In an unprecedented move, one that other governments will hopefully look into, South Korea has agreed to investigate fraud and corruption in international adoptions from South Korea. According to NPR, South Korea’s Truth and Reconciliation Commission has said “it decided to investigate 34 cases,… which could possibly develop into the country’s most far-reaching inquiry into foreign adoptions yet.”
Further, “Nearly 400 South Koreans adopted as children by families in the West have requested South Korea’s Truth and Reconciliation Commission investigate their adoptions…as Seoul faces growing pressure to reckon with a child export frenzy driven by dictatorships that ruled the country until the 1980s.”
The Danish Korean Rights Group has been the leader in this effort, via Korean adoptee and attorney Peter Møller. The DKRG has filed hundreds of applications requesting an investigation, from adoptees raised in Denmark, Norway, the Netherlands, Germany, Belgium, and the US. The adoptees, per The Guardian, “say they were wrongfully removed from their families through falsified documents and corrupt practices.”
The investigation, according to Spectrum News, is rooted in “a broad range of grievances emphasizing how scores of children were carelessly or unnecessarily removed from their families amid loose government monitoring and a lack of due diligence.
Perhaps more crucially, the country’s special laws aimed at promoting adoptions practically allowed profit-driven agencies to manipulate records and bypass proper child relinquishment.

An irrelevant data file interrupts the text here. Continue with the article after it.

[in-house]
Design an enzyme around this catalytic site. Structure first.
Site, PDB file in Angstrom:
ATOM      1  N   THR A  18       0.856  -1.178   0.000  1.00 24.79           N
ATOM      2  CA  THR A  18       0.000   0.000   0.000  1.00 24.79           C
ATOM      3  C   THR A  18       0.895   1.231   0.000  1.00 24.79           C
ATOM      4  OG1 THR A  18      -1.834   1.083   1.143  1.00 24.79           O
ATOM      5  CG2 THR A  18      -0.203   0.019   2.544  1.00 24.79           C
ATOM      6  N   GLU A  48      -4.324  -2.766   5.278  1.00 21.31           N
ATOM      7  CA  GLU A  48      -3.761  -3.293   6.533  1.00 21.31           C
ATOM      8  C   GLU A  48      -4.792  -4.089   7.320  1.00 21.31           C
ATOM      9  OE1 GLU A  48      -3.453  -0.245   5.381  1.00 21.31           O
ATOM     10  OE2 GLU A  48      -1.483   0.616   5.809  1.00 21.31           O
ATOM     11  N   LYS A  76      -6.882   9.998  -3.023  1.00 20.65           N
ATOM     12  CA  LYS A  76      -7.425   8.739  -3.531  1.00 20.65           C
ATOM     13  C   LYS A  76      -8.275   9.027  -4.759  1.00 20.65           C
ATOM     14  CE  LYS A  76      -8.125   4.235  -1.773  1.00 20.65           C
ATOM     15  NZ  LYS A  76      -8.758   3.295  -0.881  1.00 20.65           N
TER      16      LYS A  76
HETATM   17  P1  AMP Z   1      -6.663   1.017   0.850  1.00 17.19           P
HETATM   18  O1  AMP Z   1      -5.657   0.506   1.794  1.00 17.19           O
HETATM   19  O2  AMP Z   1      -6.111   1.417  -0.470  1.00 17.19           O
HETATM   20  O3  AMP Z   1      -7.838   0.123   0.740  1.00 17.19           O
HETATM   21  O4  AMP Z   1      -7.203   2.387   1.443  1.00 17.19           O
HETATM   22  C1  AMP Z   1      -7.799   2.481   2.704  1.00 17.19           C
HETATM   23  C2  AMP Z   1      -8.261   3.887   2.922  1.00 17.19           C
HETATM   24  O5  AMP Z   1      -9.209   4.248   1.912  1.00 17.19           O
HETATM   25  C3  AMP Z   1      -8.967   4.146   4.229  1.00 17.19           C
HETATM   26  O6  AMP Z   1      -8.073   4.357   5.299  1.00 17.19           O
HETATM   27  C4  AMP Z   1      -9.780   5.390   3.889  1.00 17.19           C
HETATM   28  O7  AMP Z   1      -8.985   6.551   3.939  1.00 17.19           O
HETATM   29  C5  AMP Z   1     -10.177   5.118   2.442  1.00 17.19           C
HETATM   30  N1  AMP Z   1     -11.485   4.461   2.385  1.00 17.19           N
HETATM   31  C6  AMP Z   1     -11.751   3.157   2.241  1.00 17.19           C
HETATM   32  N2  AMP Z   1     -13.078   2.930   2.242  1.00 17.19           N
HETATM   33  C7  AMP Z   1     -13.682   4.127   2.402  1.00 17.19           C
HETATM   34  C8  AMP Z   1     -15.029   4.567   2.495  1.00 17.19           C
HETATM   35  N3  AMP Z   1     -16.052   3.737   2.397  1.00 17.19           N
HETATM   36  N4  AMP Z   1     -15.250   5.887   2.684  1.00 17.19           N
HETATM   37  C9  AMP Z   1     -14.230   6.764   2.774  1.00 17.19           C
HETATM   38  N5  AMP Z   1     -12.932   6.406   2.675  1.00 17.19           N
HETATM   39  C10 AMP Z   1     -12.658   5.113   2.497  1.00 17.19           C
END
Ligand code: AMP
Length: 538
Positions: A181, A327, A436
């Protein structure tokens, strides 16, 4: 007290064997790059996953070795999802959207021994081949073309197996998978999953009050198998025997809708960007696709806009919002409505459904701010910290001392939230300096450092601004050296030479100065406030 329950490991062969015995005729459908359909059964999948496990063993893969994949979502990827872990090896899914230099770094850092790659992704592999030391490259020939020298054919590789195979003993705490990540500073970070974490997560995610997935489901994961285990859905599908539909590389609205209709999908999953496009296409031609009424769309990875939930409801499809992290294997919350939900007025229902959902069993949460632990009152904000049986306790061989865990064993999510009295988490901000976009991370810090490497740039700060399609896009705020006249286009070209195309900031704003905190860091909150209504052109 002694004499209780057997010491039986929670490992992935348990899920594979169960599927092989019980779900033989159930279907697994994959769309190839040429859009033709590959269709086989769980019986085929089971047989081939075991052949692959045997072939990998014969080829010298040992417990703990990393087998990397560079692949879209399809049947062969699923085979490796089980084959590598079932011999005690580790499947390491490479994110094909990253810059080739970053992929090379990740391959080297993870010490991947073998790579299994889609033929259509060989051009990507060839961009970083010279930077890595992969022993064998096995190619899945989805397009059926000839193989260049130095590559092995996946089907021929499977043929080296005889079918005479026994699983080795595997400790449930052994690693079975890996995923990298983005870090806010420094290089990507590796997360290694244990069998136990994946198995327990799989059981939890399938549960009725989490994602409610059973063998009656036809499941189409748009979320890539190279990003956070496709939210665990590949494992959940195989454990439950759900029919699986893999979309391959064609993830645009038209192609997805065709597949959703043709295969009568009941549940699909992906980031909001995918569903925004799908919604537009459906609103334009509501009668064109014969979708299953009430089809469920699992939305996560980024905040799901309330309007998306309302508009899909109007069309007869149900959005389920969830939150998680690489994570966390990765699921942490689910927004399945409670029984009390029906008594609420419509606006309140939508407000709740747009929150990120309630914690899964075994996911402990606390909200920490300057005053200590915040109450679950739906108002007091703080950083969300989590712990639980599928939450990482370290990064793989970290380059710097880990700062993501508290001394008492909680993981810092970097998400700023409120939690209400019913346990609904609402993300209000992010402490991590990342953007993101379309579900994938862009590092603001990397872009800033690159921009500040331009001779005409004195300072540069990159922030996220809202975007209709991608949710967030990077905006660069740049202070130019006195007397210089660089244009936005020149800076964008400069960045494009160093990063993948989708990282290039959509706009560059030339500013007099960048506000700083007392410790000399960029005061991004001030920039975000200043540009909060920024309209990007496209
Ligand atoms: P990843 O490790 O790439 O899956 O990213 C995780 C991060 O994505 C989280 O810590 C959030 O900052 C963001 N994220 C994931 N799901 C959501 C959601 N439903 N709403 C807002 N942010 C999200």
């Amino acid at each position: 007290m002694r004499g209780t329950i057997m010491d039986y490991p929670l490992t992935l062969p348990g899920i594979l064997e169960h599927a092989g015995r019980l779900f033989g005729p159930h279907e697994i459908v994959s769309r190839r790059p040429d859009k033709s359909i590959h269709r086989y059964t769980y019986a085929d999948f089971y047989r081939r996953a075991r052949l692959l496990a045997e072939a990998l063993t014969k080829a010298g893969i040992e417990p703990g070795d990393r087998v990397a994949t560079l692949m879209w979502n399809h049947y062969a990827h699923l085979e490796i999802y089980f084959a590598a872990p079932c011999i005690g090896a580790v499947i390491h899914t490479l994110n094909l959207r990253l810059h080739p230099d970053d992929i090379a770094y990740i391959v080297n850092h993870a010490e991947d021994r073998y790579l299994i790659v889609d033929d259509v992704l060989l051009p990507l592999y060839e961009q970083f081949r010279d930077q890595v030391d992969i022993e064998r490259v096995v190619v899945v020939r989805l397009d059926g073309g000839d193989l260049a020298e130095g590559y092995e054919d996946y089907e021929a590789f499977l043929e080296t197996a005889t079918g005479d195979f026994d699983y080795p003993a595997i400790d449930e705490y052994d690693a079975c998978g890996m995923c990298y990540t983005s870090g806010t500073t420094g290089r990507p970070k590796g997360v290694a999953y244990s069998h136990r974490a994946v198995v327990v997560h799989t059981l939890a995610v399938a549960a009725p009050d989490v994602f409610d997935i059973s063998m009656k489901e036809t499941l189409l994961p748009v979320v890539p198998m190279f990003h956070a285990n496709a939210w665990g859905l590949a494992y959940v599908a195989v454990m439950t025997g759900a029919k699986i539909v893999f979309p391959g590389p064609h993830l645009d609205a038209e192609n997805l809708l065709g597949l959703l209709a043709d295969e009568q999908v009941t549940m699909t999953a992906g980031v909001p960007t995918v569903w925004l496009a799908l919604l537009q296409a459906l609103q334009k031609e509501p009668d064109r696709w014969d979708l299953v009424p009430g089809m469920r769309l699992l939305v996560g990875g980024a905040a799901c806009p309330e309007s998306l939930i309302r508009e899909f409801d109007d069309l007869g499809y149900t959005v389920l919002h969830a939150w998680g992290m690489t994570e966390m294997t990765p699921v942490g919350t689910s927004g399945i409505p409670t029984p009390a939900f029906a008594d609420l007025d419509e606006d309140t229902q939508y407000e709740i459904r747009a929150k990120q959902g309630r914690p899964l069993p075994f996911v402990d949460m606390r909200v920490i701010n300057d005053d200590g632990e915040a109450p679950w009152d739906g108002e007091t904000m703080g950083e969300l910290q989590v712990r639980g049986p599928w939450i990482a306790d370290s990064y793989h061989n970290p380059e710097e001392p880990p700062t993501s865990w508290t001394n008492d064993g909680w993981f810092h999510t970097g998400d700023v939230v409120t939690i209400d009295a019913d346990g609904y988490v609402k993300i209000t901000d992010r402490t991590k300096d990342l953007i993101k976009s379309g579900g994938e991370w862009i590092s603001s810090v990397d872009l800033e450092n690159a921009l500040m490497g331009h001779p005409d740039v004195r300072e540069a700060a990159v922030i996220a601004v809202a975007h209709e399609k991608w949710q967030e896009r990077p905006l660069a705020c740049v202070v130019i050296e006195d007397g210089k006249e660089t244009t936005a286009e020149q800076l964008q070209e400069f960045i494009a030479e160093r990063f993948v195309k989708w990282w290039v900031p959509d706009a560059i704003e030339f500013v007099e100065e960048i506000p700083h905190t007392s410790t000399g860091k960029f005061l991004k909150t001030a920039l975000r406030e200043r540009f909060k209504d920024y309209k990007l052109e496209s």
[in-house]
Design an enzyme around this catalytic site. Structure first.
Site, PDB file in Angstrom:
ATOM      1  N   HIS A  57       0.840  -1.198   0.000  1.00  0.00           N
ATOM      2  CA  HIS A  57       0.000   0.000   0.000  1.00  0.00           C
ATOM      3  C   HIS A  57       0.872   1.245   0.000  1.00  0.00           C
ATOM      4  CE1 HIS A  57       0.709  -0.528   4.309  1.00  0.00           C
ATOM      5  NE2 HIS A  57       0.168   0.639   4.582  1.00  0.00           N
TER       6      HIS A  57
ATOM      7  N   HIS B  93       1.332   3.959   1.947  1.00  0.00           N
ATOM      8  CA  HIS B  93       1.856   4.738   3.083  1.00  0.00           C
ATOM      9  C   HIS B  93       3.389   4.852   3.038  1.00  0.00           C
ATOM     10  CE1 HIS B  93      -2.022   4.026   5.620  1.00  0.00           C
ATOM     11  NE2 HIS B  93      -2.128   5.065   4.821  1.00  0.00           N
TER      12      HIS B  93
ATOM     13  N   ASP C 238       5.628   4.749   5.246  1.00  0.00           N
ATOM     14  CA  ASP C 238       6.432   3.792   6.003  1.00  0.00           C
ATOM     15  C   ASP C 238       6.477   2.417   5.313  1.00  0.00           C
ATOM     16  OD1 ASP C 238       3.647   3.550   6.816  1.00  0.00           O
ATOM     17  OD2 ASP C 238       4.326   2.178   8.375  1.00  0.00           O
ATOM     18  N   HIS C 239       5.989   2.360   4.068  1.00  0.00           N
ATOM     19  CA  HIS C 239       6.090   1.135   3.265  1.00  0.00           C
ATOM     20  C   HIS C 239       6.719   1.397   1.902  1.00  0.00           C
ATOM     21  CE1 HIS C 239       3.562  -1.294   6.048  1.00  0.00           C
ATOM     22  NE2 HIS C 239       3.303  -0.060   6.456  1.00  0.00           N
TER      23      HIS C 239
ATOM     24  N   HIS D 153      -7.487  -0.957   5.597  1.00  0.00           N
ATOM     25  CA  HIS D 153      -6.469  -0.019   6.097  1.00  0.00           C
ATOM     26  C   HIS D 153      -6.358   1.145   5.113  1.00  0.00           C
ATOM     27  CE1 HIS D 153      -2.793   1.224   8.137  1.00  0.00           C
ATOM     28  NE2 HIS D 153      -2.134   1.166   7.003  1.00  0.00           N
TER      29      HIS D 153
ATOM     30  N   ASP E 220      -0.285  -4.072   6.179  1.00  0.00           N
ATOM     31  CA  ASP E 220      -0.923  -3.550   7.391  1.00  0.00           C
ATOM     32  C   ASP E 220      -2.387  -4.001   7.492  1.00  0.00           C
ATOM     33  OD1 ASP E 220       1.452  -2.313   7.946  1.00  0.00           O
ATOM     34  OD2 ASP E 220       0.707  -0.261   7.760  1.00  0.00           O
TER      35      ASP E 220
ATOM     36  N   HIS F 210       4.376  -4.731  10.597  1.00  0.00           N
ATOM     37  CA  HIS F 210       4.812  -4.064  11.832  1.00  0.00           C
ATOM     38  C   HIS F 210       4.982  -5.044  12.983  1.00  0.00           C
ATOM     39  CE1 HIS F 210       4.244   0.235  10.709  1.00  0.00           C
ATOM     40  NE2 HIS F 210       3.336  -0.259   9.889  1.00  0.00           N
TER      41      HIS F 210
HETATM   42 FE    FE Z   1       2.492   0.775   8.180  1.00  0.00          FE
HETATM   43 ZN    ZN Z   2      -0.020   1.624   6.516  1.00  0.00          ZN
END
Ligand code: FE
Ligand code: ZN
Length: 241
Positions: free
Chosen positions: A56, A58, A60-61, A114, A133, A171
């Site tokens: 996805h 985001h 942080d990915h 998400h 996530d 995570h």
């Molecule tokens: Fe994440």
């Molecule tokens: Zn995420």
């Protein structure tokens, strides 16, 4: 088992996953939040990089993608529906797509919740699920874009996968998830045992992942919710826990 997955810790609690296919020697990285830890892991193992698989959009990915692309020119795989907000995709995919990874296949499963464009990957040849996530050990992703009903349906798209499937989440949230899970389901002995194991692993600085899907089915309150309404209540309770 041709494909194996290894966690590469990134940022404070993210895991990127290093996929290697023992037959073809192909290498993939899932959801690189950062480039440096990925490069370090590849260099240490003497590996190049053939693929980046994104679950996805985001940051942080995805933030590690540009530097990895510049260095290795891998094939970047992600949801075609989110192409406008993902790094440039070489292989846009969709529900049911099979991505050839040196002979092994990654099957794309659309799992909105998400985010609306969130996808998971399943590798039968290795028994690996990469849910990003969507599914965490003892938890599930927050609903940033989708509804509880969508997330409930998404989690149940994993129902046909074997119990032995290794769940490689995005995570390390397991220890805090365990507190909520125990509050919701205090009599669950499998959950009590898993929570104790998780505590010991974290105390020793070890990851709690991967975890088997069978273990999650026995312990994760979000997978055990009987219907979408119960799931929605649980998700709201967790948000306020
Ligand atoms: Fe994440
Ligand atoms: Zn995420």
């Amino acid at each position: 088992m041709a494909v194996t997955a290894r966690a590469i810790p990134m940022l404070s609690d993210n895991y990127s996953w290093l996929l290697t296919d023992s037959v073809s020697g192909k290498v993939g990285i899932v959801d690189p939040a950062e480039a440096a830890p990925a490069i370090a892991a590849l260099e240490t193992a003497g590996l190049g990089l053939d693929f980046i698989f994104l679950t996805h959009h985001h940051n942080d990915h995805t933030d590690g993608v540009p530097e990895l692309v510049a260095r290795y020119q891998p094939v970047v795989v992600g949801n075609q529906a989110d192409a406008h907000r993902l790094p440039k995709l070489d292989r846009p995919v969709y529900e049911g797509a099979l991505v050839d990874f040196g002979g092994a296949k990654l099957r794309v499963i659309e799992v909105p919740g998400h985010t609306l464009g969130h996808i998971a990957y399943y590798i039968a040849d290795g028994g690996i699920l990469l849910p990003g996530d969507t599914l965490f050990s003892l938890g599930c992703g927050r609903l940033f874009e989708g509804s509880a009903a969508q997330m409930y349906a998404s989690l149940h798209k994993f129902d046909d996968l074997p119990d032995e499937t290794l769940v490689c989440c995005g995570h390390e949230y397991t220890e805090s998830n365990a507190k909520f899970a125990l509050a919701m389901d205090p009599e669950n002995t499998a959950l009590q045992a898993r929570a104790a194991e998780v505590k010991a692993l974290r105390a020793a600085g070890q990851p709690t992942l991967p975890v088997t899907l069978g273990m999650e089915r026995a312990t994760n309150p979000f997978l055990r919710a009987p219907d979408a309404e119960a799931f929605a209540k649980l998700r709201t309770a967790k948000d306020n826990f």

Most of the South Korean adoptees sent abroad were registered by agencies as legal orphans found abandoned on the streets, although they frequently had relatives who could be easily identified and found. This made the children more easily adoptable as agencies raced to send more kids to the West at faster speeds.
‘None of us are orphans,’ said Peter Møller, attorney and co-head of the Danish Korean Rights Group, as he described the group’s members who filed the application.
“(In) a lot of papers, the Korean state at the time have stamped papers that say people were found on the streets. If you do a little bit of math, that would mean that from the 1970s and 1980s Seoul would be flooded with baskets with children lying around in the streets. … Basements will be filled with lost child reports at police stations.
Some of the adoptees say they discovered that the agencies had switched their identities to replace other children who died or got too sick to travel to Danish parents, which made it highly difficult or often impossible to trace their roots.
The adoptees called for the commission to broadly investigate the alleged wrongdoings surrounding their adoptions, including how agencies potentially falsified records, manipulated children’s backgrounds and origins, and proceeded with adoptions without the proper consent of birth parents. They want the commission to establish whether the government should be held accountable for failing to monitor the agencies and confirm whether the uptick in adoptions was fueled by increasingly larger payments and donations from adoptive parents, which apparently motivated agencies to create their own supply.
The adoptees also called for the commission to push Holt Children’s Services and the Korea Social Service — the two agencies that sent kids to Denmark — into providing full access to the entirety of their adoption documents and background information. They also say all those records should be transferred to government authorities handling post-adoption services to prevent the information from being destroyed or manipulated.”
It is extraordinary and highly significant that South Korea has agreed to this investigation of fraud and duplicity. Will other sending countries follow this important example and do the same?